Our upbringing bears deep implications. I learnt to value thrift over comfort. My husband on the other hand, values comfort over thrift. As an adult, everything I see and do is measured through the lens of money: how much does it cost and is it value for money? If it is value for money, then yay, go for it. If it isn’t, then I will be sweating buckets over it and giving my husband a hard time about spending those extra dollars.
When my husband needs something, he buys it, uses it once, realizes it doesn’t serve his purpose, and is reluctant to make the effort to return it. He’d store it, forget about it, and when it comes time to move, discard it. His purchase decision is driven by the need for something.
When I need something, I’d consider if I would use it repeatedly - if I do, I might buy it; if I don’t foresee myself using it repeatedly, I wouldn’t buy it because I’d need to store it (and storing means taking up space, which I dislike, because I value space) or discarding it (which I dislike, because it’s a waste of money). My purchase decision is driven by its long term implication.
Owning stuff also means having to justify the use for it, which may not be in line with your purpose at that point in time. For example, I need to clean my muddy yard so I buy a pressure washer. I use the pressure washer and am happy with the result. I put the washer away. It sits in storage for days, weeks, and months. After several months, I feel bad about under utilizing it so I take it out to wash things I have no need to wash. I am merely justifying the use of the washer because I’ve bought it. And in doing so, I am taking valuable time away from more pressing and important tasks.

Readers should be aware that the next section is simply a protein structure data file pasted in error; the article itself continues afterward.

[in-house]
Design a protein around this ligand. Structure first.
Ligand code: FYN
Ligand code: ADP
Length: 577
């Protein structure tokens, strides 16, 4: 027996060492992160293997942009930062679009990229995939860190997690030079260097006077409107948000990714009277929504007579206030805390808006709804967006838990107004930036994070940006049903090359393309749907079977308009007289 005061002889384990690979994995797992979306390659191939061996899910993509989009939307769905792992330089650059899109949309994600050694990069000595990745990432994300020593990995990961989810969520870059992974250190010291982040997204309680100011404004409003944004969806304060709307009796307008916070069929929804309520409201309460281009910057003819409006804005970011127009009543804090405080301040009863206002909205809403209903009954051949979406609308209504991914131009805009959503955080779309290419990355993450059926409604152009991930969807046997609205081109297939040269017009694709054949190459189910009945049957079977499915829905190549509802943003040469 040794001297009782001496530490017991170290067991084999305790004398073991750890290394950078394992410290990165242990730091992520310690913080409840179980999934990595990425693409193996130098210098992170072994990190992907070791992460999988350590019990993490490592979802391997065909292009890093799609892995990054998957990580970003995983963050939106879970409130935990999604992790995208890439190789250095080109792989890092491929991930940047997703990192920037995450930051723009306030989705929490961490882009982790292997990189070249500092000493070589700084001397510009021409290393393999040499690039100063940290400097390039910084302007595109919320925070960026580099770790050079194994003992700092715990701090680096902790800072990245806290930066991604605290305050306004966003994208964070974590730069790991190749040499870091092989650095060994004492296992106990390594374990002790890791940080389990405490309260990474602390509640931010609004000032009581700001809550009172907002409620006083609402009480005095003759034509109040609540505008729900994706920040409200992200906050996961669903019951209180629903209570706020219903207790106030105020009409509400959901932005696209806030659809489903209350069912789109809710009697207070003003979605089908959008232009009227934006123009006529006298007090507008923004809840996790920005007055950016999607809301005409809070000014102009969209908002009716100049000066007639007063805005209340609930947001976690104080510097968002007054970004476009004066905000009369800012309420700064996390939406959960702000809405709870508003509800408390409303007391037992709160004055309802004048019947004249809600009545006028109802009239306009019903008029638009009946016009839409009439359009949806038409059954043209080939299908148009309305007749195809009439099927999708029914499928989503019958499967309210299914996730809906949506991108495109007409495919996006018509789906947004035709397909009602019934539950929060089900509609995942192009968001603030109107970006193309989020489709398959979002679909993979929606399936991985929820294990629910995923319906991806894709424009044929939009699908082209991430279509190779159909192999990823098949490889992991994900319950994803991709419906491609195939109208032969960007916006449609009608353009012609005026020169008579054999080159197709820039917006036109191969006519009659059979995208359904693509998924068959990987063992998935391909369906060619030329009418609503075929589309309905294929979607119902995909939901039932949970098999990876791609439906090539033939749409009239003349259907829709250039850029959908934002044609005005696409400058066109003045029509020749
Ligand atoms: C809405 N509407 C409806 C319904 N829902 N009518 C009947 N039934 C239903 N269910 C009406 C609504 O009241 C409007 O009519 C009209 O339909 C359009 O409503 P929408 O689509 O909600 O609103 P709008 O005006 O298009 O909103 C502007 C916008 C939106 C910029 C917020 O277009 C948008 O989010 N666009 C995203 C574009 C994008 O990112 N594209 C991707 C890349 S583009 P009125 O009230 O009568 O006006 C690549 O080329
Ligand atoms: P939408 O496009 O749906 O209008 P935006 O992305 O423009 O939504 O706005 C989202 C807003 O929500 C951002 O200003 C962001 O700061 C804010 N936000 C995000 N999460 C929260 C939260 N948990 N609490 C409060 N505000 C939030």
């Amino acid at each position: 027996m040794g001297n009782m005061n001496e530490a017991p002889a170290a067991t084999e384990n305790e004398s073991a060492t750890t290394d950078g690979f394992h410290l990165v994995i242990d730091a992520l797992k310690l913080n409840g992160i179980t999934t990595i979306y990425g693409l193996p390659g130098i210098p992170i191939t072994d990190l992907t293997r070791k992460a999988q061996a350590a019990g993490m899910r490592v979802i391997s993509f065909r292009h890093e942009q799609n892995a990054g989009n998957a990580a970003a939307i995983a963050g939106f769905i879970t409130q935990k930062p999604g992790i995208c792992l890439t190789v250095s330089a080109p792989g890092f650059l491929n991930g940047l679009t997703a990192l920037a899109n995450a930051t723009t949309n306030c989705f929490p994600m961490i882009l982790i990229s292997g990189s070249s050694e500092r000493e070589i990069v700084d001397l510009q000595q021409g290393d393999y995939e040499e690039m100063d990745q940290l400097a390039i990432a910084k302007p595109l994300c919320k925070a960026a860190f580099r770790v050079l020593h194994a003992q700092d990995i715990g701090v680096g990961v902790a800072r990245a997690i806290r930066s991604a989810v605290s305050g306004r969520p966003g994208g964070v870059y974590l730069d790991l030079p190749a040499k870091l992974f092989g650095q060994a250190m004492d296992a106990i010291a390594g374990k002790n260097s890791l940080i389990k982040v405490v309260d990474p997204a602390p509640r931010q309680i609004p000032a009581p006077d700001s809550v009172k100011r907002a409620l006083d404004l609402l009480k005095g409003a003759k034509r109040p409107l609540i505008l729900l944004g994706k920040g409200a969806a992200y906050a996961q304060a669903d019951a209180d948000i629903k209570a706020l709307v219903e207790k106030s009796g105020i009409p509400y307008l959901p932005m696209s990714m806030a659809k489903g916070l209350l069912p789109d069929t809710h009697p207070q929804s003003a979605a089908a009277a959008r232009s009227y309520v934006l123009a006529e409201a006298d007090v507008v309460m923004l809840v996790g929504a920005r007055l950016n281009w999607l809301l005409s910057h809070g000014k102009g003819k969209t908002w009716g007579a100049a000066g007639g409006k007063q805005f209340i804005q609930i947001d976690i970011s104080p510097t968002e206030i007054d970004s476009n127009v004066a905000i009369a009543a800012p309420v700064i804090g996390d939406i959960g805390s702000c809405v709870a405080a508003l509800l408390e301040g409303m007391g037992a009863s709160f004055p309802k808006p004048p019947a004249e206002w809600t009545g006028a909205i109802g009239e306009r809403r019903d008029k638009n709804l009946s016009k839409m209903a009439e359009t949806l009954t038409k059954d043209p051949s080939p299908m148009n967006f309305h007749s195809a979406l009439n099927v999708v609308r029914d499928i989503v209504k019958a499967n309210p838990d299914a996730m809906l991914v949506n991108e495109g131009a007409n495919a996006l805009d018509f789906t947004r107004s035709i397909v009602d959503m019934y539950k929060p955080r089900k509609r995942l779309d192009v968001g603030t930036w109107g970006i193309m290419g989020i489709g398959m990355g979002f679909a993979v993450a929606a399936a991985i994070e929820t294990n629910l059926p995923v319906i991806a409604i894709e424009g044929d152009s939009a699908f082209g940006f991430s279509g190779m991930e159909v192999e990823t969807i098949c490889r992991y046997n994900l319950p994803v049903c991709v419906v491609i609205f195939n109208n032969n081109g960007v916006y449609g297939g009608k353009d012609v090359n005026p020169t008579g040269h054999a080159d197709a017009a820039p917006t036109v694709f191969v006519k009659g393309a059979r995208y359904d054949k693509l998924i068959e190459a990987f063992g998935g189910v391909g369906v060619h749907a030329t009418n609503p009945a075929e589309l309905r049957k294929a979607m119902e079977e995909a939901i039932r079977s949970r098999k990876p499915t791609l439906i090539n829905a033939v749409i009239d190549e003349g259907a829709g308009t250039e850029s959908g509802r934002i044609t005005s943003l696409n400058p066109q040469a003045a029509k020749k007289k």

At this point, it’s becoming clear to me that it isn’t just about spending money - it’s about not using it often enough to justify its use, and having to store it for lack of use, or discarding it eventually, which equates to a waste of money.
Now we’re really getting close to the root cause of my frugality and displeasure with possessing stuff: it is the way I value space and money; I want more space and more bang for my buck.
Because life is temporal and fleeting, there is no need for many possessions. Because I am a practical person, there is no need to own things to keep in storage only to discard them later.
Moving forward, here’s a process I propose my husband and I to consider when evaluating the need to buy something:
Need: Why do I need it?
Use: Am I going to use it once or repeatedly? If frequently, buy. If infrequently, borrow or rent.
Store: Does the frequency of use justify the storage space? If frequent, buy and store for repeated use. If infrequent, don’t buy.
Discard: Even if it’s for seasonal use, say a snowboard during winter time, buy and store for repeated use, and if no longer in use, give it away - at least it has served its purpose for you.
This is my attempt to share openly about the thoughts in my mind and struggles I encounter. In sharing, I accept that I will be judged and criticized by those whose opinions differ from mine. In any event, I’ll be happy to hear your comments, if you have any, below.